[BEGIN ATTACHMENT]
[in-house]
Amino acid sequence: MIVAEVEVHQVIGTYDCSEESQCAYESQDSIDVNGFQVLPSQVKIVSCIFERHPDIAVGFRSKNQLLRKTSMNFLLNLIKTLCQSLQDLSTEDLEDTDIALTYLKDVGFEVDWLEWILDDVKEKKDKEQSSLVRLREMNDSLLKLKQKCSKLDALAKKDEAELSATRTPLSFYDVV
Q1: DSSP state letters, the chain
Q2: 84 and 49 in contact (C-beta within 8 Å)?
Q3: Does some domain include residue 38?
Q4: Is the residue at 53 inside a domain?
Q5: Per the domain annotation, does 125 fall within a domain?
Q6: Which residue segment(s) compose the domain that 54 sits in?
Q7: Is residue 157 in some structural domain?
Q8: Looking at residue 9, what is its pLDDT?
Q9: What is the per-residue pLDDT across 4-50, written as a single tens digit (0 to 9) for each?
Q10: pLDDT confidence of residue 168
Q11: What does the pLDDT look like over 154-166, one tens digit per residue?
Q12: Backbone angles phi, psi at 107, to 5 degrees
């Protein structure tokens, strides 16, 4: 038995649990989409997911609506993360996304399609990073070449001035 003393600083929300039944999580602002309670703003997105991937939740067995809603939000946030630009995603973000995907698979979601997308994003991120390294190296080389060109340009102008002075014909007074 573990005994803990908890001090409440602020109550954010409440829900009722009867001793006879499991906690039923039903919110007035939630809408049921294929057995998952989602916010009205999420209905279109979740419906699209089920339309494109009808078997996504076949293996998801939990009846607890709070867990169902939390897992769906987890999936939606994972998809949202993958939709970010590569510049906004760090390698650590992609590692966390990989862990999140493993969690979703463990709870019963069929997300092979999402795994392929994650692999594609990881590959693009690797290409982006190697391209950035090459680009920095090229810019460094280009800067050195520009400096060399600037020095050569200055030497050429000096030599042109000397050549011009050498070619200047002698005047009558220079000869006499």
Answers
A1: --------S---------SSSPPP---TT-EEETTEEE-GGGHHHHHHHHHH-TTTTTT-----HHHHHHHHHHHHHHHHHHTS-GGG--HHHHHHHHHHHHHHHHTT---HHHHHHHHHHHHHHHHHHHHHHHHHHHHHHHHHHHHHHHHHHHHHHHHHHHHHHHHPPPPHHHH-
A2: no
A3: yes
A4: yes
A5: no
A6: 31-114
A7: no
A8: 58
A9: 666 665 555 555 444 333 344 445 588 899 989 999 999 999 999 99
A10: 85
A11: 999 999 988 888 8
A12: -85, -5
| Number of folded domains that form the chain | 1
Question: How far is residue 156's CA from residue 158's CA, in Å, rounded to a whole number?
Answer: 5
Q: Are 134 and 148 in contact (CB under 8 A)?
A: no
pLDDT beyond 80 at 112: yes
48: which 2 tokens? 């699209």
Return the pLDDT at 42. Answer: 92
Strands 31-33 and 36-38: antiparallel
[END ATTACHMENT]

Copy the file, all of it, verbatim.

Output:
[in-house]
Amino acid sequence: MIVAEVEVHQVIGTYDCSEESQCAYESQDSIDVNGFQVLPSQVKIVSCIFERHPDIAVGFRSKNQLLRKTSMNFLLNLIKTLCQSLQDLSTEDLEDTDIALTYLKDVGFEVDWLEWILDDVKEKKDKEQSSLVRLREMNDSLLKLKQKCSKLDALAKKDEAELSATRTPLSFYDVV
Q1: DSSP state letters, the chain
Q2: 84 and 49 in contact (C-beta within 8 Å)?
Q3: Does some domain include residue 38?
Q4: Is the residue at 53 inside a domain?
Q5: Per the domain annotation, does 125 fall within a domain?
Q6: Which residue segment(s) compose the domain that 54 sits in?
Q7: Is residue 157 in some structural domain?
Q8: Looking at residue 9, what is its pLDDT?
Q9: What is the per-residue pLDDT across 4-50, written as a single tens digit (0 to 9) for each?
Q10: pLDDT confidence of residue 168
Q11: What does the pLDDT look like over 154-166, one tens digit per residue?
Q12: Backbone angles phi, psi at 107, to 5 degrees
């Protein structure tokens, strides 16, 4: 038995649990989409997911609506993360996304399609990073070449001035 003393600083929300039944999580602002309670703003997105991937939740067995809603939000946030630009995603973000995907698979979601997308994003991120390294190296080389060109340009102008002075014909007074 573990005994803990908890001090409440602020109550954010409440829900009722009867001793006879499991906690039923039903919110007035939630809408049921294929057995998952989602916010009205999420209905279109979740419906699209089920339309494109009808078997996504076949293996998801939990009846607890709070867990169902939390897992769906987890999936939606994972998809949202993958939709970010590569510049906004760090390698650590992609590692966390990989862990999140493993969690979703463990709870019963069929997300092979999402795994392929994650692999594609990881590959693009690797290409982006190697391209950035090459680009920095090229810019460094280009800067050195520009400096060399600037020095050569200055030497050429000096030599042109000397050549011009050498070619200047002698005047009558220079000869006499």
Answers
A1: --------S---------SSSPPP---TT-EEETTEEE-GGGHHHHHHHHHH-TTTTTT-----HHHHHHHHHHHHHHHHHHTS-GGG--HHHHHHHHHHHHHHHHTT---HHHHHHHHHHHHHHHHHHHHHHHHHHHHHHHHHHHHHHHHHHHHHHHHHHHHHHHHPPPPHHHH-
A2: no
A3: yes
A4: yes
A5: no
A6: 31-114
A7: no
A8: 58
A9: 666 665 555 555 444 333 344 445 588 899 989 999 999 999 999 99
A10: 85
A11: 999 999 988 888 8
A12: -85, -5
| Number of folded domains that form the chain | 1
Question: How far is residue 156's CA from residue 158's CA, in Å, rounded to a whole number?
Answer: 5
Q: Are 134 and 148 in contact (CB under 8 A)?
A: no
pLDDT beyond 80 at 112: yes
48: which 2 tokens? 């699209």
Return the pLDDT at 42. Answer: 92
Strands 31-33 and 36-38: antiparallel